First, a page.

Working against these contracts is the cost of rolling a hedge forward and the lack of current trading volume and liquidity.
Expected Evolution of the IRS Markets
As the swap markets become more electronic, we expect both swaps and swap futures to trade side-by-side.
The evolution toward futurization is the result of cost differences of trading products with similar risk profiles. Regulation has created economic incentives to transfer generic risk through generic products. Using a customized product, such as a swap, to take a directional view on rates or swap spreads will no longer be the most cost-efficient way to express that view. While many see this as the futurization of the swaps markets, it is actually the reversal of the swap-ification of generic risk transfer.
Who will trade these products?
- Dealers trying to balance their cleared swap risk positions at CCPs, particularly as alternatives to cleared swaps for non-cleared end-user transactions
- Participants seeking an interest rate or swap spread position that do not want or need the customization of a swap, nor the need for unwinding and/or compression
- Participants seeking to maximize nettable offsetting risk with other futures products
- Participants that actively trade the markets (HFTs, arbitrage players, etc.)
- Firms wishing to operate under a single regulatory framework
- Smaller firms frozen out of FCM clearing access
Why now? As the clearing mandate phases-in (and subsequently the trading mandate), the costs involved will become tangible and begin to accrue. Firms will adopt strategies that minimize the all-in cost of a transaction over its expected lifecycle. This will include execution-related cost as well as funding. We expect firms to reevaluate the criteria used in their hedging programs and to more closely consider the costs and benefits between acceptable basis risk and the “perfect” hedge.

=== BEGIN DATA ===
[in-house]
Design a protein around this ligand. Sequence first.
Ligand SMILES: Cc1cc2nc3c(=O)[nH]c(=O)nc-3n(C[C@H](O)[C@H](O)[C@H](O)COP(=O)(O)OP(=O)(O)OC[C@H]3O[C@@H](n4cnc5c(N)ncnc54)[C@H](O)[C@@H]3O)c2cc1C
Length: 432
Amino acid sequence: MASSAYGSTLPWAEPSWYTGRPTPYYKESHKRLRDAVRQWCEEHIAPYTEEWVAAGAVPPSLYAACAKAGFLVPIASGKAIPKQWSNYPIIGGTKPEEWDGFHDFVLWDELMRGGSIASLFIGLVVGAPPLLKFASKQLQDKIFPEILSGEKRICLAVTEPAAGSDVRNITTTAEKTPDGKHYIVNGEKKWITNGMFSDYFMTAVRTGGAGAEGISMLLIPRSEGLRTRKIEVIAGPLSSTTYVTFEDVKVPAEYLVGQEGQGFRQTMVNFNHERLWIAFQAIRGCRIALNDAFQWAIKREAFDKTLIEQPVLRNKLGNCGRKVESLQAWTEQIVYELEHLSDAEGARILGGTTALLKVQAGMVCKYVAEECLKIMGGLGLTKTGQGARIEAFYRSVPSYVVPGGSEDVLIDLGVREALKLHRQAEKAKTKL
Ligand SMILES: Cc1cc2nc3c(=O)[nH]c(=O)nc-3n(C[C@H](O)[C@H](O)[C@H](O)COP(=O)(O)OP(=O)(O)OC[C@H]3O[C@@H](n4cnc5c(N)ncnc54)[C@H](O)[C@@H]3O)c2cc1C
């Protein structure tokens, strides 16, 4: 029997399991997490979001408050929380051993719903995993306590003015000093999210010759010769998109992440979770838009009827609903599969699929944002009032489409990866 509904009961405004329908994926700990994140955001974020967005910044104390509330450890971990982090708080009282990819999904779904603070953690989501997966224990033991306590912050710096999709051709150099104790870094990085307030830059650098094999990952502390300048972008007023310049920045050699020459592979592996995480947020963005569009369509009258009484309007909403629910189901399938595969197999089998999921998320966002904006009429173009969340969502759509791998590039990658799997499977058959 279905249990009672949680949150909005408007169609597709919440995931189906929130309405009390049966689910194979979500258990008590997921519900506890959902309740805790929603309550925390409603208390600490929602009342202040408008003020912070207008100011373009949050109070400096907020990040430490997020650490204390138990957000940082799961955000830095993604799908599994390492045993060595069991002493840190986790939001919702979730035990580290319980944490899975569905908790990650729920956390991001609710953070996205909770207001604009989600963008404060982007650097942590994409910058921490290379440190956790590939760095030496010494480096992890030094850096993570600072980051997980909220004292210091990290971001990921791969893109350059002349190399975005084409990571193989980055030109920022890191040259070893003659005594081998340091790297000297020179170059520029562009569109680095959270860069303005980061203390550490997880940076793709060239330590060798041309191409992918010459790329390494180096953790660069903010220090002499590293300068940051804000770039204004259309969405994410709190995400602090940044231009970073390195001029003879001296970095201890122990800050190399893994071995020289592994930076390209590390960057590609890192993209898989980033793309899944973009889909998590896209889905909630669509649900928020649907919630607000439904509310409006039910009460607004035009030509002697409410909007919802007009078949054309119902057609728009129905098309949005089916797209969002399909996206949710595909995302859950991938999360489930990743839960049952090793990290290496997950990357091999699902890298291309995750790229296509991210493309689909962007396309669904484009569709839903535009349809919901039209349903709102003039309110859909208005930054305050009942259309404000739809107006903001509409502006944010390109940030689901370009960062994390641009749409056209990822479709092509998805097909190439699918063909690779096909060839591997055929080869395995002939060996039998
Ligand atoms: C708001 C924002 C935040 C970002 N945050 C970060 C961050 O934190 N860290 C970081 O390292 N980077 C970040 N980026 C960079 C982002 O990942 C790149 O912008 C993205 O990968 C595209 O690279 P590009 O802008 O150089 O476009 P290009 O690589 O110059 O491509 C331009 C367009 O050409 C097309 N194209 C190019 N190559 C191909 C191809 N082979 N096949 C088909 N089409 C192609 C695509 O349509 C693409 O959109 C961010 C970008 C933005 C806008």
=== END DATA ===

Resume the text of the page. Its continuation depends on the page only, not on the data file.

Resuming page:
When will volume grow? Likely over the same phase-in period.
As seen in the chart below, current volume in the 5 Year Deliverable Swap Futures contract is rather modest, although not that different from the early days of the Treasury Bond contract, which averaged just over 200 contracts per day in late 1977/early 1978.
The realistic potential trading volume for IRS swap futures is significant. Recent daily activity in the benchmark 5- year IRS averaged around US$10-15 billion notional reported to DTCC (spot starting 5-year IRS contracts only). It is plausible, if not likely, that a significant percentage of this generic risk transfer could easily migrate from swaps to futures (in addition to volume from futures traders, speculators, and other ISDA and non-ISDA participants). These are conservative estimates but illustrate baseline market potential.
So while swap futures in the past have not gained traction, the market environment today is ripe. There is clear impetus for firms to adopt risk-equivalent, low-cost alternatives to cleared swaps. The economic incentives hold true for banks, swap dealers, speculators and end users alike. The evolution will continue as risk transfer migrates to the most efficient and lowest-cost products. In many cases these are likely to be swap futures contracts.
The rules of the game have changed. In response, participants will change the way they play.